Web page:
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Set on a hidden corner of the beach, the hotel had set up a bonfire – I knew I should’ve packed marshmallows – steel drums, and a bar serving endless rum punch. I instantly felt nostalgic for every catch-up I’ve been intending to arrange with friends lately, as here was the perfect setting for it: a warm, friendly, fun ambiance adding that light buzz as you unwind amongst a stunning setting.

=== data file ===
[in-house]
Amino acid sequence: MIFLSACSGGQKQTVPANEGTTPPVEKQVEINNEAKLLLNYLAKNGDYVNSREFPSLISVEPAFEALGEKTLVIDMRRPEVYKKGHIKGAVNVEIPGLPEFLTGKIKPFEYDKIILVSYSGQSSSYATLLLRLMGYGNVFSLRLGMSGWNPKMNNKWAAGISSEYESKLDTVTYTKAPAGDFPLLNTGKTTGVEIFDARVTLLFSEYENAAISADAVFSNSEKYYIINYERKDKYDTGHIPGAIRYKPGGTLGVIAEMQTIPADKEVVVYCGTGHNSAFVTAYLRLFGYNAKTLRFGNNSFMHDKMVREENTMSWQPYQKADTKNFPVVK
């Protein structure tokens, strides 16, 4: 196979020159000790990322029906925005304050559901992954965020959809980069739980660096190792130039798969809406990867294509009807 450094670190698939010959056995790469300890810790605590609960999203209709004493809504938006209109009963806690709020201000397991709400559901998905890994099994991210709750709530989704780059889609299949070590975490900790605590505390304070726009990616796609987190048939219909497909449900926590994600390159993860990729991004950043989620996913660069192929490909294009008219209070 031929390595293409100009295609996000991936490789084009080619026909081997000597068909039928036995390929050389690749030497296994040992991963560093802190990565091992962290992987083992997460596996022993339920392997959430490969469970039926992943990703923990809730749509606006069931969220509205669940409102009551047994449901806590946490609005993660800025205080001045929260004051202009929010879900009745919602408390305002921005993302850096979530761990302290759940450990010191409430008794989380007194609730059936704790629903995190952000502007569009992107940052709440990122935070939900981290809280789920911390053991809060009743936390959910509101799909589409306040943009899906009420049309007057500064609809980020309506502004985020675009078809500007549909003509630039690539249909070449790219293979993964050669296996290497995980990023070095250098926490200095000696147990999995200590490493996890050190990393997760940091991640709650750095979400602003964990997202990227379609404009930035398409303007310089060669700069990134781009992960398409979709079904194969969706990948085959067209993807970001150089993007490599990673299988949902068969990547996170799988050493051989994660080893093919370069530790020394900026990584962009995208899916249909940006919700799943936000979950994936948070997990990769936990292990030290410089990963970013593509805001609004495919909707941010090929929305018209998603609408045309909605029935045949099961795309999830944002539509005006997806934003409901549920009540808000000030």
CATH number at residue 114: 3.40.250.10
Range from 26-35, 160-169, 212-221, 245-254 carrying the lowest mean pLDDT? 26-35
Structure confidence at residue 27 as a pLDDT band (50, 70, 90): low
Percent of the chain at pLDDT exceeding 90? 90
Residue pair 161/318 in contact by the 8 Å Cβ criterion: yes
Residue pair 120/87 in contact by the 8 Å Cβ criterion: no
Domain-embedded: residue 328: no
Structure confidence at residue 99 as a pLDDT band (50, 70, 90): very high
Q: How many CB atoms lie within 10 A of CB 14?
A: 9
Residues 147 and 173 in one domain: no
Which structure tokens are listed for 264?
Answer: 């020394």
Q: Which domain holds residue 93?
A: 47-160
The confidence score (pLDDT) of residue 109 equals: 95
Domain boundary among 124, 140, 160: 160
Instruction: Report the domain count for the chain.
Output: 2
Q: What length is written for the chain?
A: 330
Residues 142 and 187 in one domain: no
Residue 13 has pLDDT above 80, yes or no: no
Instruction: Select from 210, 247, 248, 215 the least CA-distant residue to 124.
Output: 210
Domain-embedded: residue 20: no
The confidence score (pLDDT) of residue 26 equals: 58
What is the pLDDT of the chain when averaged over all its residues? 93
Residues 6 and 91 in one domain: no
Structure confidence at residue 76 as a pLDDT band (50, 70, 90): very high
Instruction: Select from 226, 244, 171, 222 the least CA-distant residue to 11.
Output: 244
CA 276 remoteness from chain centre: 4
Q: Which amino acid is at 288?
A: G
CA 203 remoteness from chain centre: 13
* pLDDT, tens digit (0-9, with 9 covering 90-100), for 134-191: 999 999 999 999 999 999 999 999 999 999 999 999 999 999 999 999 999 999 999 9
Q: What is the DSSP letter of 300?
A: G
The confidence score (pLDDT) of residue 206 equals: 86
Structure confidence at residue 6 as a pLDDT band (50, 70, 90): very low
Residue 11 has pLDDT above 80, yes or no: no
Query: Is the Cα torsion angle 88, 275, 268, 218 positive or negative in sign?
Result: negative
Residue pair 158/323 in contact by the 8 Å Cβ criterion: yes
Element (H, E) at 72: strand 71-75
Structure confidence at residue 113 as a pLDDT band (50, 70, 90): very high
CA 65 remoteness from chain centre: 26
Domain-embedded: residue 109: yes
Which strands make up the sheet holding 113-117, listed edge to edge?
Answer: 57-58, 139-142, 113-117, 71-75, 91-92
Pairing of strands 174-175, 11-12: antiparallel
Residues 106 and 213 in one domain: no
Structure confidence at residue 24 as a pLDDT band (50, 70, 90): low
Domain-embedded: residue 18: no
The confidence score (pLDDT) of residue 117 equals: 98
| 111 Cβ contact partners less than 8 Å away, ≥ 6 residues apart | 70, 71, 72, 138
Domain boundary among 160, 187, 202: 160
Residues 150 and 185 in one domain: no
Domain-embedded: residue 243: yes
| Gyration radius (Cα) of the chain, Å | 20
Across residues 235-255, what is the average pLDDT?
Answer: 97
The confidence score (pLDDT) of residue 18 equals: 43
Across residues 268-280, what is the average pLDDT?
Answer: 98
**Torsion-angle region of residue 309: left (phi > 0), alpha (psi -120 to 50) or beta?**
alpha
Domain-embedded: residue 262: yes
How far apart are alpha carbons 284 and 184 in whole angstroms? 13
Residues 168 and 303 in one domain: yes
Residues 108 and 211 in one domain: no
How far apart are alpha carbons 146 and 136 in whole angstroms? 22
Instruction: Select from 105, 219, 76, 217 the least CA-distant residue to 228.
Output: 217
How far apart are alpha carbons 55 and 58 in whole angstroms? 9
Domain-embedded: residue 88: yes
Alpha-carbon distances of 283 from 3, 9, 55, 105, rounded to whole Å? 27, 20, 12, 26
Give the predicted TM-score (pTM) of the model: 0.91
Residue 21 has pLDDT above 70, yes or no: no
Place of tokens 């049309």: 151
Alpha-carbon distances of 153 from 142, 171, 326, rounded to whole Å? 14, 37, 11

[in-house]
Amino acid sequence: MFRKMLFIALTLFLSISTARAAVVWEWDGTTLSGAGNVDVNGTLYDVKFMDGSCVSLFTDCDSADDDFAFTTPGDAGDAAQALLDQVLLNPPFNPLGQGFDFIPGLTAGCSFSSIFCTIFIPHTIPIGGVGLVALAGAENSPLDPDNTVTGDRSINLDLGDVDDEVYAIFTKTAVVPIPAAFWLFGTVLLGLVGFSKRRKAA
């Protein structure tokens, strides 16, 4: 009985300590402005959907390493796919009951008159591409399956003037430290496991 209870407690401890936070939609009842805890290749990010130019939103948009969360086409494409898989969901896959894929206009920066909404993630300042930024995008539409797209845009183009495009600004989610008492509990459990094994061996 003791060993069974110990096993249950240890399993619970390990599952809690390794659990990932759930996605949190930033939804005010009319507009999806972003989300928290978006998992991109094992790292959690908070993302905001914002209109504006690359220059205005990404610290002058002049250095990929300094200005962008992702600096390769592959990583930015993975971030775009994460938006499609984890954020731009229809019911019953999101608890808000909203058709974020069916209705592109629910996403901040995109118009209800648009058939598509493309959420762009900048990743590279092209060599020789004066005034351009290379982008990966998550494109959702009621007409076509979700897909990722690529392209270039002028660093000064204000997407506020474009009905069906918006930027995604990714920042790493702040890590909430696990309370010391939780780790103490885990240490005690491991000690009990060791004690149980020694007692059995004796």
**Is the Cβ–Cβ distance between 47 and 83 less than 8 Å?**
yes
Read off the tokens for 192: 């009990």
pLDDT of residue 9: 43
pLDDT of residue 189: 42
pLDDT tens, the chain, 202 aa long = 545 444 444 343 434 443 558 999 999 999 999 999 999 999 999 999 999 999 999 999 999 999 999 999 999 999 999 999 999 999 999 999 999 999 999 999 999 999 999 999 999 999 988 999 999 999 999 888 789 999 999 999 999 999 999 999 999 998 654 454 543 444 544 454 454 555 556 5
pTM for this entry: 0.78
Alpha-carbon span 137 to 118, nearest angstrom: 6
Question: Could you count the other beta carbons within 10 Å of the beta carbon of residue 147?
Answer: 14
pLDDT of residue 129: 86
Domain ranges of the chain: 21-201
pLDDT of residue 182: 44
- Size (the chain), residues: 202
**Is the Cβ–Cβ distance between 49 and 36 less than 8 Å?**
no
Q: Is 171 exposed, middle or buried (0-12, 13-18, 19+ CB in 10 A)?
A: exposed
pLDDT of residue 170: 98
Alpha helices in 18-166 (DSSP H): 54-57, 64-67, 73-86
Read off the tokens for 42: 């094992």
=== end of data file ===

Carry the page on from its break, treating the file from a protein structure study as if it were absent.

C6Dining at Carlisle Bay has been designed for “the mooners” as I have decided to call them, as well as your typical Caribbean visitors: a setting for every mood. Whether it’s a relaxed foot-in-the-sand lunch delivered to your lounger in the Coconut Grove, a romantic dinner for two at East (think: lots of red and Chinese lantern style lighting), or signature beach-grills, there is something to suit all. We opted for dinner at East on our first night, which is noted as one of Antigua’s finest Asian restaurants, and attracts guests from all over the island. The setting is beautiful as you enter via tall Indonesian carved doors, to a deep fuscia and dark wood interior. Of course, we entered to something else as well: the all too familiar glance we usually receive which translates roughly into “are they a cou0ple?” and usually consists of Georgia playing to her audience, whilst I giggle bashfully and snatch my hand away. The cuisine at East, although plentiful and beautifully presented, reminded me of my attempts to prove to boyfriends past that I’m a “great cook”; I opt for fool-proof stir-fries and throw everything into the wok. I add the teriyaki sauce, artfully serve, et voila. Then you take your first bite and realise that in your excitement you’ve made all the right ingredients taste like teriyaki-soup. This was unfortunately how our beef stir-fries materialized, along with the side of pak-choi we ordered, which actually emerged from the kitchen in the form of courgettes and baby corn. Notwithstanding, the meat beneath it was succulent and tasty, and the service accompanying it is infallible. We ate to our fill and left the restaurant holding hands for added entertainment.